From chocolate cakes to chilli con carne, loads of things are better for the Dr Pepper treatment
Slow-cooked pulled pork
We all know tender, succulent pulled pork in a brioche bun is what they serve at the diner in heaven so if you want some top tips, our friends across the pond are kings. This recipe involves drizzling Dr Pepper all over your shoulder (pork, not your own) and spicing with chipotle. Yee ha!
There is a generally accepted rule that chocolate improves the taste of pretty much everything apart from kale. Operating on this logic shewearsmanyhats.com has masterminded this tremendous-looking sponge cake laden with chocolate. Try it and you'll never stop trying it.
These Dr Pepper cakes not only look shamazing they hold a secret gooey cherry surprise inside. While, let's face it, you'll probs struggle with the perfect icing part the main fun is in the big reveal.
When we stumbled across this recipe by Jamie Roubinek we had a lot of questions. What is peanut brittle? How the hell could peanuts and Dr Pepper ever taste nice? Well friends, apparently peanuts in your fizzy drinks is a big thing in Texas. This recipe is surely one to have a nibble on at a ball game.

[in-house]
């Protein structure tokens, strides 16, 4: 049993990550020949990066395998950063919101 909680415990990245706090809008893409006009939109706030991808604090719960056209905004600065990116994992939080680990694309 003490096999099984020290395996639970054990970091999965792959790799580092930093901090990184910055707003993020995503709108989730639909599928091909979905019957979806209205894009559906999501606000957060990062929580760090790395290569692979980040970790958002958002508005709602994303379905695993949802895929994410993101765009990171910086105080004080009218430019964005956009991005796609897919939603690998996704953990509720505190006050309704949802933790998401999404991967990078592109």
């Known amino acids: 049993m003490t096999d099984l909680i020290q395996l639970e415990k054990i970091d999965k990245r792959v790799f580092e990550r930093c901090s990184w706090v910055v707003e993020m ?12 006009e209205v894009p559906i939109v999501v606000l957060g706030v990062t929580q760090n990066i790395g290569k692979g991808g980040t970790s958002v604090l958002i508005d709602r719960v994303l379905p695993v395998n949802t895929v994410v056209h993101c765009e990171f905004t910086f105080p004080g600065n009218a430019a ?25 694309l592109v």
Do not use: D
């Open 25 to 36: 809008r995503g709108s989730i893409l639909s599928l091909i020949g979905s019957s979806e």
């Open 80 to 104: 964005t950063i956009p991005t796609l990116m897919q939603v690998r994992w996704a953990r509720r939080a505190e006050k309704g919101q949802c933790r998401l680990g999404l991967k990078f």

You know when you go to the cinema and get pic 'n' mix and all the cherry sweets and chocolate get mixed up together and it's pretty much delicious? Well imagine if you mixed them together with your own fair hand. This Dr Pepper fudge tastes a bit like that. What a mashup.
When it comes to the barbecue game, the Americans have got it. They've been messing about over coals a lot more than you have (and no, squinting at some damp sausages in the rain doesn't count). Anyway, in their experimentation they masterminded the Dr Pepper BBQ chicken. Sweet and smoky. Yes please.
Others went guerilla on the barbecue and decided to put entire can of Dr Peps up a chicken's jacksy. We're not going to lie you and pretend we've ever done this, but it sure looks like a great afternoon to spend messing about!
Chilli con carne
OK, so this might sound a bit bizarre but when you think about it, it makes perfect sense. That classic sweet and smoky flavour is acheived with a kick of something sugary. Obviously you're not tipping a whole can of the stuff into your mince, but a slurp or two of this bad boy can add a Southern-style intrigue to your dish.